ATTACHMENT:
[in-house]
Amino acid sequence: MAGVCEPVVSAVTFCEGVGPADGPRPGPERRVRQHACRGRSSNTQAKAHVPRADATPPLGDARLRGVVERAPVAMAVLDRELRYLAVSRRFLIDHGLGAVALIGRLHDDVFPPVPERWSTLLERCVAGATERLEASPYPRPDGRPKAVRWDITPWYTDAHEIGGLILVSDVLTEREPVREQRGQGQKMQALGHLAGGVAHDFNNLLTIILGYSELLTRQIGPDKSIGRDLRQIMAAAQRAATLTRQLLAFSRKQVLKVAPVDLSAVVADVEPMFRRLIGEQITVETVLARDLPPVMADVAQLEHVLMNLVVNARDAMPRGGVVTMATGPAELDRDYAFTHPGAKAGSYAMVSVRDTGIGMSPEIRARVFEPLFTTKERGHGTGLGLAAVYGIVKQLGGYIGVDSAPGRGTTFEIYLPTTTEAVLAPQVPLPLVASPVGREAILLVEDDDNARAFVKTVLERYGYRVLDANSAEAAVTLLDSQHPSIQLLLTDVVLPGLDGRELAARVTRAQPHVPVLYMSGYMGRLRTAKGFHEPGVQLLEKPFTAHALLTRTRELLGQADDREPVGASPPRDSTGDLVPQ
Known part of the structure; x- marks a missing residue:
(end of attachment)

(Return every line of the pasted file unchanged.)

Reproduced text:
[in-house]
Amino acid sequence: MAGVCEPVVSAVTFCEGVGPADGPRPGPERRVRQHACRGRSSNTQAKAHVPRADATPPLGDARLRGVVERAPVAMAVLDRELRYLAVSRRFLIDHGLGAVALIGRLHDDVFPPVPERWSTLLERCVAGATERLEASPYPRPDGRPKAVRWDITPWYTDAHEIGGLILVSDVLTEREPVREQRGQGQKMQALGHLAGGVAHDFNNLLTIILGYSELLTRQIGPDKSIGRDLRQIMAAAQRAATLTRQLLAFSRKQVLKVAPVDLSAVVADVEPMFRRLIGEQITVETVLARDLPPVMADVAQLEHVLMNLVVNARDAMPRGGVVTMATGPAELDRDYAFTHPGAKAGSYAMVSVRDTGIGMSPEIRARVFEPLFTTKERGHGTGLGLAAVYGIVKQLGGYIGVDSAPGRGTTFEIYLPTTTEAVLAPQVPLPLVASPVGREAILLVEDDDNARAFVKTVLERYGYRVLDANSAEAAVTLLDSQHPSIQLLLTDVVLPGLDGRELAARVTRAQPHVPVLYMSGYMGRLRTAKGFHEPGVQLLEKPFTAHALLTRTRELLGQADDREPVGASPPRDSTGDLVPQ
Known part of the structure; x- marks a missing residue: